Pre-Election Political Climate at the University of Arizona
University of Arizona Students
By Nicole Yesel
Unigo Campus Rep at UA
The University of Arizona is largely a democratic campus. You will see and hear many Obama fans within the professor and student populations. Bush bashing is an expectable pastime with little to no objection 99% of the time, unless you’re among the College Republican club members on campus. “Young people lean Democratic by a factor of 2-to-1,” says Young Democrats president James J. Jefferies. “Our first meeting of the UA Young Democrats had well over 100 people, nearly double that of the College Republicans.”
Election time has caused both Young Democrats and College Republicans to kick it into high gear. The Associated Students of the University of Arizona (ASUA), in combined efforts with both the College Republicans and Young Democrats are trying to register new voters and spread awareness about major issues for both parties. Though no protests have been held at the UA so far this year, the College Republicans hold roadside rallies on campus to help support their party’s ticket. Booths on the Mall also are set up on a regular basis by both Democrats and Republicans to offer information about key issues.
Like most Republican and Democratic groups, the focus on what is important to students varies on what party they align with. Young Democrats focus more on energy use reform, the economics of paying for an education, and women’s rights (birth control and abortion). While College Republicans are also concerned about the shape of today’s economy, they place heavy emphasis on the future of taxes and healthcare. Jill Burger, a College Republican, says, “I would have to say that the number one issue for us is taxes. It really makes a reflection on our parents who will be retiring soon and will affect our futures heavily as well. The less the government is involved in people’s personal lives, the better. I think it’s interesting how liberals care more about druggies on the street getting healthcare than protecting their own personal families.”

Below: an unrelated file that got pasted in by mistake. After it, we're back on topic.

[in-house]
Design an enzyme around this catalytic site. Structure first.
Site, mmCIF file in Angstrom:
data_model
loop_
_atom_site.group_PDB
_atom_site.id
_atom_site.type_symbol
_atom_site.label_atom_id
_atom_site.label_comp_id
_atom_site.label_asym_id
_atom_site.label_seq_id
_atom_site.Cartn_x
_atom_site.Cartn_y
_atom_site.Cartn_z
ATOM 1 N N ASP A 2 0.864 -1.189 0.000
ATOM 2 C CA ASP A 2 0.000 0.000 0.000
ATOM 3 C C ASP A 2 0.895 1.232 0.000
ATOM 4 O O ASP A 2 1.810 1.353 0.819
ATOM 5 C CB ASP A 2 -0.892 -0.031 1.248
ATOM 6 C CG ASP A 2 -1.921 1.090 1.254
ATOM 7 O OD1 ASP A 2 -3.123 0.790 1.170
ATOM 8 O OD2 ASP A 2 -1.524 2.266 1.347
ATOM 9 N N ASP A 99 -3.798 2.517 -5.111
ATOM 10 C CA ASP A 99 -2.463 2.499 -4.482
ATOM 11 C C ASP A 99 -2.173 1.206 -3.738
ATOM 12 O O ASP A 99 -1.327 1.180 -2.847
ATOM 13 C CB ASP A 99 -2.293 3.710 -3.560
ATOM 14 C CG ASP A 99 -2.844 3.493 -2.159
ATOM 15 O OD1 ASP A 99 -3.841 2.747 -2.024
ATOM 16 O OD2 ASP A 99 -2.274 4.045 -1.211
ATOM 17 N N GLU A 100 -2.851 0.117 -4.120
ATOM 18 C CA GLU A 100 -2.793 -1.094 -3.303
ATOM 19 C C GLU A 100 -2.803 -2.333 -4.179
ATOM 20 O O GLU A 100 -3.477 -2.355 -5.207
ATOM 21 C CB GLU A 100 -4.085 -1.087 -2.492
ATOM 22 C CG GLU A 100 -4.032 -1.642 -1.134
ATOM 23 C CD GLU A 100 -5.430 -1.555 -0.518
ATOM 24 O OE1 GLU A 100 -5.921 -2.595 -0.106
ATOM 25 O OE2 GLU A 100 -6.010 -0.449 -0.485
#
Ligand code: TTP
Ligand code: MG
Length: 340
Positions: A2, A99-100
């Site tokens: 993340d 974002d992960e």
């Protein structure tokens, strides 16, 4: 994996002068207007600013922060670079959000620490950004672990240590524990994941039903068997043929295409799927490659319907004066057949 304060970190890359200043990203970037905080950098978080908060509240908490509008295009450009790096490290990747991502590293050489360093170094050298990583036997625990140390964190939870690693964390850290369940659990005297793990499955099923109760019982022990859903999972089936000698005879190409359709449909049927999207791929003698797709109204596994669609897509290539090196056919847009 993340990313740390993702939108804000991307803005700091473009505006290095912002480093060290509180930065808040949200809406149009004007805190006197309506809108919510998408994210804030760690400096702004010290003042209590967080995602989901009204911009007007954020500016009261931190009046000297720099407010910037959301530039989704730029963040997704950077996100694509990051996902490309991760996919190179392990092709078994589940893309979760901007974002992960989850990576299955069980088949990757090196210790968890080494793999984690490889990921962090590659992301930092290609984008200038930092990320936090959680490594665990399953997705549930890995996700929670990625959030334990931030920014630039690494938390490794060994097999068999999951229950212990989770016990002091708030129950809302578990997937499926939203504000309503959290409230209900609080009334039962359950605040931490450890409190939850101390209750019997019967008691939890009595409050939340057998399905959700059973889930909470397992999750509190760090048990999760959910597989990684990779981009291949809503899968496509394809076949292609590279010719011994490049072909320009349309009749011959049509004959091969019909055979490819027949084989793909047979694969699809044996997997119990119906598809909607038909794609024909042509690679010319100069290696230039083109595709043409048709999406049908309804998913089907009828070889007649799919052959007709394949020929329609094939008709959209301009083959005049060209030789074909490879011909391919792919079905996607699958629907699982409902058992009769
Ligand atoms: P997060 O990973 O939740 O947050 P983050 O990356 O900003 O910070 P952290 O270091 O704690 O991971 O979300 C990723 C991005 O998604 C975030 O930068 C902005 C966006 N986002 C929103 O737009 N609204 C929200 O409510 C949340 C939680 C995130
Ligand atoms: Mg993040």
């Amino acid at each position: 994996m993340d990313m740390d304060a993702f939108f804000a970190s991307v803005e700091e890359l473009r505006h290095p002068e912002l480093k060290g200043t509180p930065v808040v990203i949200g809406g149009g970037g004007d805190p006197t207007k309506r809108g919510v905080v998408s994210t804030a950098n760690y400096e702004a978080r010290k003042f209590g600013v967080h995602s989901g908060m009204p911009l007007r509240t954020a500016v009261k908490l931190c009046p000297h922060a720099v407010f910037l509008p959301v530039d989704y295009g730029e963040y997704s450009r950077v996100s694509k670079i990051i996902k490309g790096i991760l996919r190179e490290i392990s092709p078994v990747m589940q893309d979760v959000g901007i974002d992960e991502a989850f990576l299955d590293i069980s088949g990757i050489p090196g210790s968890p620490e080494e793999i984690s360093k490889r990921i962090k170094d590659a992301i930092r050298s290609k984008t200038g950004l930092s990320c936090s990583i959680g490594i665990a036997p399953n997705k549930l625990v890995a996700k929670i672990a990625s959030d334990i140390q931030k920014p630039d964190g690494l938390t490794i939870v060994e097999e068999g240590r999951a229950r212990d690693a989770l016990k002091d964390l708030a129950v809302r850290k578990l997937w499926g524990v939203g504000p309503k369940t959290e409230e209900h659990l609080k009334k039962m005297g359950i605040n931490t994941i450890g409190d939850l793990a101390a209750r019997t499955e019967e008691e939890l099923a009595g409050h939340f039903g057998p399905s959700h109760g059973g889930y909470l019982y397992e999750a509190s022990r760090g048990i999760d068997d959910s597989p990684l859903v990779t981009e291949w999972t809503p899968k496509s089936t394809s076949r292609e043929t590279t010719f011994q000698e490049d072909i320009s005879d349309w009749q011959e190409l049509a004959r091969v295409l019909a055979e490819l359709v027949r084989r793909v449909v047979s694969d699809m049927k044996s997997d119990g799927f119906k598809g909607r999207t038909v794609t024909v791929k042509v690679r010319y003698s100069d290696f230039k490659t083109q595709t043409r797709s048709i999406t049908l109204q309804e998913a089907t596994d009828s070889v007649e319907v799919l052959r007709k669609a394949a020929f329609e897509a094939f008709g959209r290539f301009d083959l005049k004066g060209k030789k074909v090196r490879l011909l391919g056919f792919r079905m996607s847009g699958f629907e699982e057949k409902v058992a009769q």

While lines are clearly drawn about why students are supporting their candidate of choice, both Republicans and Democrats on campus agree that change, in some shape, needs to take place.
All in all, students at the UA care about the election. Hersh Goel, a member of Associated Students of The University of Arizona (ASUA) says, “Among students there is buzz and excitement because a lot of people know that there is going to be change.” The University of Arizona’s students see their country in need and know that they must become and stay active in the political process to help it get back on its feet. Jefferies agrees with this line of thought; “I urge everybody to get out and be heard regardless of their affiliation.” Change is in the air and the UA is excited about it.